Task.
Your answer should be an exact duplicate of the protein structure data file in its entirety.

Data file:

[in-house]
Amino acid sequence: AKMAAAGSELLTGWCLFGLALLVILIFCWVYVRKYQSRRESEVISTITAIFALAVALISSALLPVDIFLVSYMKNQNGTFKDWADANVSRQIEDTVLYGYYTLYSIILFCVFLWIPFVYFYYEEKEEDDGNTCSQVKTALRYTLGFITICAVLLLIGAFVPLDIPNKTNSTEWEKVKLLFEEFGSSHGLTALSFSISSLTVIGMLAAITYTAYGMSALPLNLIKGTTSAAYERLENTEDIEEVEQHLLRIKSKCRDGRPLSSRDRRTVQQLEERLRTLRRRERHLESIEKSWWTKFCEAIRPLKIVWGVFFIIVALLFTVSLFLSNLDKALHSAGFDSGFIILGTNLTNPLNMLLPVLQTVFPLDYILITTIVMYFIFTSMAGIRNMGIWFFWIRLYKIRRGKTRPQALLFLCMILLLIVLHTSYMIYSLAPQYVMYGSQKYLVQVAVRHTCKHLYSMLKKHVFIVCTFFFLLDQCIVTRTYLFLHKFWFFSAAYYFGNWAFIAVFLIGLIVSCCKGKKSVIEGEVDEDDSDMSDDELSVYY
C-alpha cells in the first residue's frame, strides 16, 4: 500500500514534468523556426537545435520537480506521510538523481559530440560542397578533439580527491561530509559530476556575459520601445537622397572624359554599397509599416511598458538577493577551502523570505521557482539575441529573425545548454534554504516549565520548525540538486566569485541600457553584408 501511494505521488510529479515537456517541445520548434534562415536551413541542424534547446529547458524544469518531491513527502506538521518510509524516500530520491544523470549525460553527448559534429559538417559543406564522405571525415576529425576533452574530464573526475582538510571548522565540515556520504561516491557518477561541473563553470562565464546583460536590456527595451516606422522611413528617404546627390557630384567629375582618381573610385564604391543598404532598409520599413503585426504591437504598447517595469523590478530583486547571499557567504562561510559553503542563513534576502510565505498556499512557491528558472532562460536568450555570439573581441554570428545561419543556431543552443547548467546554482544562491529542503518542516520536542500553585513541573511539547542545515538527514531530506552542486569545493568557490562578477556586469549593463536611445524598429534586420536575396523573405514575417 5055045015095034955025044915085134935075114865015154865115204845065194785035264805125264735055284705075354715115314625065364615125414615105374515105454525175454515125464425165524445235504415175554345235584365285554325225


[in-house]
Amino acid sequence: AKMAAAGSELLTGWCLFGLALLVILIFCWVYVRKYQSRRESEVISTITAIFALAVALISSALLPVDIFLVSYMKNQNGTFKDWADANVSRQIEDTVLYGYYTLYSIILFCVFLWIPFVYFYYEEKEEDDGNTCSQVKTALRYTLGFITICAVLLLIGAFVPLDIPNKTNSTEWEKVKLLFEEFGSSHGLTALSFSISSLTVIGMLAAITYTAYGMSALPLNLIKGTTSAAYERLENTEDIEEVEQHLLRIKSKCRDGRPLSSRDRRTVQQLEERLRTLRRRERHLESIEKSWWTKFCEAIRPLKIVWGVFFIIVALLFTVSLFLSNLDKALHSAGFDSGFIILGTNLTNPLNMLLPVLQTVFPLDYILITTIVMYFIFTSMAGIRNMGIWFFWIRLYKIRRGKTRPQALLFLCMILLLIVLHTSYMIYSLAPQYVMYGSQKYLVQVAVRHTCKHLYSMLKKHVFIVCTFFFLLDQCIVTRTYLFLHKFWFFSAAYYFGNWAFIAVFLIGLIVSCCKGKKSVIEGEVDEDDSDMSDDELSVYY
C-alpha cells in the first residue's frame, strides 16, 4: 500500500514534468523556426537545435520537480506521510538523481559530440560542397578533439580527491561530509559530476556575459520601445537622397572624359554599397509599416511598458538577493577551502523570505521557482539575441529573425545548454534554504516549565520548525540538486566569485541600457553584408 501511494505521488510529479515537456517541445520548434534562415536551413541542424534547446529547458524544469518531491513527502506538521518510509524516500530520491544523470549525460553527448559534429559538417559543406564522405571525415576529425576533452574530464573526475582538510571548522565540515556520504561516491557518477561541473563553470562565464546583460536590456527595451516606422522611413528617404546627390557630384567629375582618381573610385564604391543598404532598409520599413503585426504591437504598447517595469523590478530583486547571499557567504562561510559553503542563513534576502510565505498556499512557491528558472532562460536568450555570439573581441554570428545561419543556431543552443547548467546554482544562491529542503518542516520536542500553585513541573511539547542545515538527514531530506552542486569545493568557490562578477556586469549593463536611445524598429534586420536575396523573405514575417 5055045015095034955025044915085134935075114865015154865115204845065194785035264805125264735055284705075354715115314625065364615125414615105374515105454525175454515125464425165524445235504415175554345235584365285554325225